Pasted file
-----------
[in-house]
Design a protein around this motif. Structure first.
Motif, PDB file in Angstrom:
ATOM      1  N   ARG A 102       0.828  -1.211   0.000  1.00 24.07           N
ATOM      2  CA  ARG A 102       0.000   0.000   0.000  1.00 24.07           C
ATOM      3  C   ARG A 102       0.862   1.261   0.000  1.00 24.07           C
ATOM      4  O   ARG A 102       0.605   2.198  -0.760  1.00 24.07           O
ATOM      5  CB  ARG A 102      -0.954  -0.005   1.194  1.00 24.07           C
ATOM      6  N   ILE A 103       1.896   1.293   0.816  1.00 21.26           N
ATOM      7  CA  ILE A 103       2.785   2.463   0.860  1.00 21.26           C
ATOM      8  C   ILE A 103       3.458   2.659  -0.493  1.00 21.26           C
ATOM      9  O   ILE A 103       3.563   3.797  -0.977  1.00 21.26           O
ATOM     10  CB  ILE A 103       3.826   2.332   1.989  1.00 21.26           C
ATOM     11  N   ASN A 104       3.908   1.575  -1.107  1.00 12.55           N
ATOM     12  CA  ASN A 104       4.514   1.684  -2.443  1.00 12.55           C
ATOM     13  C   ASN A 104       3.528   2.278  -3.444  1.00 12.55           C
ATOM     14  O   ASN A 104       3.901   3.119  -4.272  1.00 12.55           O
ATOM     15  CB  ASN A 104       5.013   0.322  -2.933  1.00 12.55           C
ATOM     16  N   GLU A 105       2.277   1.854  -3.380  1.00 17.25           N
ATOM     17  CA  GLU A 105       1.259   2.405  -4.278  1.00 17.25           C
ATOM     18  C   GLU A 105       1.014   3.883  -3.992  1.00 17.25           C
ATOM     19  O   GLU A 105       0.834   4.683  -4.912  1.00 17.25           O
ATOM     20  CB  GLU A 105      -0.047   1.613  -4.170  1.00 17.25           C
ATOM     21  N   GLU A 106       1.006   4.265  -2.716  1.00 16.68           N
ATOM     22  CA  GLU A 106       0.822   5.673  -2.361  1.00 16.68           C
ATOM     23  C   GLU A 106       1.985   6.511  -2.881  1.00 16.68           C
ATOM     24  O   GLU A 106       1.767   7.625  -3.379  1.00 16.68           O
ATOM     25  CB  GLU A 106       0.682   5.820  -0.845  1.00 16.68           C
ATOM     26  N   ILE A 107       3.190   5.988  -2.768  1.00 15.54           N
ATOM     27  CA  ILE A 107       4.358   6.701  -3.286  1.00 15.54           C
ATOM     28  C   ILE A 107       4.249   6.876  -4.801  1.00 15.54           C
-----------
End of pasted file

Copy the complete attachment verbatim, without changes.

[in-house]
Design a protein around this motif. Structure first.
Motif, PDB file in Angstrom:
ATOM      1  N   ARG A 102       0.828  -1.211   0.000  1.00 24.07           N
ATOM      2  CA  ARG A 102       0.000   0.000   0.000  1.00 24.07           C
ATOM      3  C   ARG A 102       0.862   1.261   0.000  1.00 24.07           C
ATOM      4  O   ARG A 102       0.605   2.198  -0.760  1.00 24.07           O
ATOM      5  CB  ARG A 102      -0.954  -0.005   1.194  1.00 24.07           C
ATOM      6  N   ILE A 103       1.896   1.293   0.816  1.00 21.26           N
ATOM      7  CA  ILE A 103       2.785   2.463   0.860  1.00 21.26           C
ATOM      8  C   ILE A 103       3.458   2.659  -0.493  1.00 21.26           C
ATOM      9  O   ILE A 103       3.563   3.797  -0.977  1.00 21.26           O
ATOM     10  CB  ILE A 103       3.826   2.332   1.989  1.00 21.26           C
ATOM     11  N   ASN A 104       3.908   1.575  -1.107  1.00 12.55           N
ATOM     12  CA  ASN A 104       4.514   1.684  -2.443  1.00 12.55           C
ATOM     13  C   ASN A 104       3.528   2.278  -3.444  1.00 12.55           C
ATOM     14  O   ASN A 104       3.901   3.119  -4.272  1.00 12.55           O
ATOM     15  CB  ASN A 104       5.013   0.322  -2.933  1.00 12.55           C
ATOM     16  N   GLU A 105       2.277   1.854  -3.380  1.00 17.25           N
ATOM     17  CA  GLU A 105       1.259   2.405  -4.278  1.00 17.25           C
ATOM     18  C   GLU A 105       1.014   3.883  -3.992  1.00 17.25           C
ATOM     19  O   GLU A 105       0.834   4.683  -4.912  1.00 17.25           O
ATOM     20  CB  GLU A 105      -0.047   1.613  -4.170  1.00 17.25           C
ATOM     21  N   GLU A 106       1.006   4.265  -2.716  1.00 16.68           N
ATOM     22  CA  GLU A 106       0.822   5.673  -2.361  1.00 16.68           C
ATOM     23  C   GLU A 106       1.985   6.511  -2.881  1.00 16.68           C
ATOM     24  O   GLU A 106       1.767   7.625  -3.379  1.00 16.68           O
ATOM     25  CB  GLU A 106       0.682   5.820  -0.845  1.00 16.68           C
ATOM     26  N   ILE A 107       3.190   5.988  -2.768  1.00 15.54           N
ATOM     27  CA  ILE A 107       4.358   6.701  -3.286  1.00 15.54           C
ATOM     28  C   ILE A 107       4.249   6.876  -4.801  1.00 15.54           C